If someone asked you right now how you’re feeling, how would you answer? Outside of your doctor’s office we’re expected to answer this question with a short and breezy response. But when your doctor asks this question, the more details you can give, the better.

Both you and your doctor need to consider a range of aspects regarding your health; we often hear about the importance of staying at a healthy weight, of monitoring our blood pressure, and not smoking or drinking too much alcohol. Other important things include regular eye and ear exams, screenings for diabetes or cancer, regular immunizations, STD testing, monitoring for changes in your moods or memory, and other specific examinations or tests related to men’s or women’s health issues.

With so many variables to consider, doctors need as much information as possible during your visits with them - the more details you can give about how you feel, the easier it will be for your doctor to figure out if you may be developing any minor or even serious health problems. You can also do your part to help track your health by actively working with your doctor to develop lifestyle guidelines to follow between appointments. When developing personalized health guidelines there are four things you should do and keep in mind before, during and after your appointments:

  • Talk to your doctor about general guidelines for people your age. Age plays a huge role in your health because of the ways it affects your body. For example, your blood vessels and heart begin to age with you, putting you at a higher risk of developing heart problems. While this is the example people think of most often, the reality is that aging affects all your major organ systems. Talking to your doctor about the health risks associated with your age group and beyond can help ensure that you’re taking the necessary steps to care for your health now and into the future.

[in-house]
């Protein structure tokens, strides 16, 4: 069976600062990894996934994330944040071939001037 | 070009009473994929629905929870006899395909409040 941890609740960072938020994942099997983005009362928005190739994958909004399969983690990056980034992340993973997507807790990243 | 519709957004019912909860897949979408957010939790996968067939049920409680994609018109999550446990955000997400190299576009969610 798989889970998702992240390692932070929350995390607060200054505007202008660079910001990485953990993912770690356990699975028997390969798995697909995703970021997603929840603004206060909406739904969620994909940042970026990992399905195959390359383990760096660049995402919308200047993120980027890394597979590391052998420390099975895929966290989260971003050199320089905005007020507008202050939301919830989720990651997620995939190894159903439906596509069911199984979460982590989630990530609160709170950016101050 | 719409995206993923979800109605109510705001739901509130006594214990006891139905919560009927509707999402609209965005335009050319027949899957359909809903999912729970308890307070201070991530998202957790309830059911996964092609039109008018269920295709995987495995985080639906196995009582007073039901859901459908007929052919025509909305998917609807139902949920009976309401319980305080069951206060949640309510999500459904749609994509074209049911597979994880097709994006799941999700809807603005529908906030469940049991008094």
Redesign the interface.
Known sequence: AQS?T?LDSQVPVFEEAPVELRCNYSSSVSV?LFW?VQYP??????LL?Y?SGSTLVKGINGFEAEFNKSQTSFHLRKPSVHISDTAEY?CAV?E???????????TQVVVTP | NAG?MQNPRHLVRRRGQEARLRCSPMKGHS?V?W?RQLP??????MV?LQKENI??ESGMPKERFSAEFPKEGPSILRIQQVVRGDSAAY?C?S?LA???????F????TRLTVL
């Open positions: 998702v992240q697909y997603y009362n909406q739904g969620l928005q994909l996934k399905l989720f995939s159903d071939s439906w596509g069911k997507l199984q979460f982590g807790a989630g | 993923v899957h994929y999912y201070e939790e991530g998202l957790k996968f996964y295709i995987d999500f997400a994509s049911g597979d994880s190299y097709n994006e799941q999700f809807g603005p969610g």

• Research your family’s medical history. It’s no secret that genetics can impact your health. While a family history of certain medical conditions doesn’t always definitely mean you’ll develop that condition yourself, it’s very important for you and your doctor to consider family history when developing a set of guidelines for you to live by.

  • Be honest with your doctor about things like exercise levels, diet and medications. One of the hardest things about doctors visits can be admitting things you’re not necessarily proud of, such as that you’re not exercising often or that you’re taking a medication for depression. However, it’s important to remember that doctors aren’t there to judge you – they’re there to help you, and the only way your doctor can truly help you is if you’re completely honest with where you are in your life. Look at this way – your doctor’s appointment is a chance for you to fix that bad habit that may be hurting you, and there’s no shame in asking for help with that!

  • Don’t be surprised if your personal needs don’t fit into standardized boxes. News outlets and online health articles often speak in broad strokes about health issues. But while doctors and medical professionals have established standard patient guidelines for people to follow, these generalized guidelines are just that: generalized guidelines. These recommendations have no way of including steps to address family health risks or issues that can occur when patients develop a chronic condition. This doesn’t mean you shouldn’t know what the general recommendations for your age group are - it does mean that you should expect to add one or two items to your personalized to-do list to help ensure that you’re properly taking care of yourself.

If you want to start learning about what men or women need to do to take care of themselves at your age, you can use our website to find out the minimum recommendations for healthy individuals before visiting your doctor - just go to “Resources” and “Patient Guidelines”. But remember, this is just the beginning - your next step is to take the time to invest in your health and talk with your doctor about your personalized guidelines. You’ll be glad you did!